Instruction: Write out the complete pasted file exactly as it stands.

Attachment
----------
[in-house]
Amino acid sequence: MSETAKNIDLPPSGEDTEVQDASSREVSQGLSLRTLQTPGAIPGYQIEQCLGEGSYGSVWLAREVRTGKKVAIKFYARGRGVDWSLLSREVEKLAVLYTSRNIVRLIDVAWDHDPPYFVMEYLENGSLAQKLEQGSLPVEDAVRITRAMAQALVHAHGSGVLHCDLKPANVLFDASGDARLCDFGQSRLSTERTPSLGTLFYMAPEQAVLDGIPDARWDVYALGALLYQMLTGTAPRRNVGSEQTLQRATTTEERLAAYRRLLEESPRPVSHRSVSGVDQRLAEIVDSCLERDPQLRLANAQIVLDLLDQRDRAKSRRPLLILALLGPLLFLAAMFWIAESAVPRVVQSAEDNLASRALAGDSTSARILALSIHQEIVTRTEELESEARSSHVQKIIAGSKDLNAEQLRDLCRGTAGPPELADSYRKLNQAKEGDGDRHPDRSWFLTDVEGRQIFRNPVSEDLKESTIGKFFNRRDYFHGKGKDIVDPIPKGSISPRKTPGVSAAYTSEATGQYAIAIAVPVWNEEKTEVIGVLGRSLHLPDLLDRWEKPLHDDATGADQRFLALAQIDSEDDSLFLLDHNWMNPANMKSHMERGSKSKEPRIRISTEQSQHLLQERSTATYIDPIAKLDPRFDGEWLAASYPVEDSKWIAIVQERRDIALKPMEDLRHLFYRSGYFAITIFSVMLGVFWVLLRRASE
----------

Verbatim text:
[in-house]
Amino acid sequence: MSETAKNIDLPPSGEDTEVQDASSREVSQGLSLRTLQTPGAIPGYQIEQCLGEGSYGSVWLAREVRTGKKVAIKFYARGRGVDWSLLSREVEKLAVLYTSRNIVRLIDVAWDHDPPYFVMEYLENGSLAQKLEQGSLPVEDAVRITRAMAQALVHAHGSGVLHCDLKPANVLFDASGDARLCDFGQSRLSTERTPSLGTLFYMAPEQAVLDGIPDARWDVYALGALLYQMLTGTAPRRNVGSEQTLQRATTTEERLAAYRRLLEESPRPVSHRSVSGVDQRLAEIVDSCLERDPQLRLANAQIVLDLLDQRDRAKSRRPLLILALLGPLLFLAAMFWIAESAVPRVVQSAEDNLASRALAGDSTSARILALSIHQEIVTRTEELESEARSSHVQKIIAGSKDLNAEQLRDLCRGTAGPPELADSYRKLNQAKEGDGDRHPDRSWFLTDVEGRQIFRNPVSEDLKESTIGKFFNRRDYFHGKGKDIVDPIPKGSISPRKTPGVSAAYTSEATGQYAIAIAVPVWNEEKTEVIGVLGRSLHLPDLLDRWEKPLHDDATGADQRFLALAQIDSEDDSLFLLDHNWMNPANMKSHMERGSKSKEPRIRISTEQSQHLLQERSTATYIDPIAKLDPRFDGEWLAASYPVEDSKWIAIVQERRDIALKPMEDLRHLFYRSGYFAITIFSVMLGVFWVLLRRASE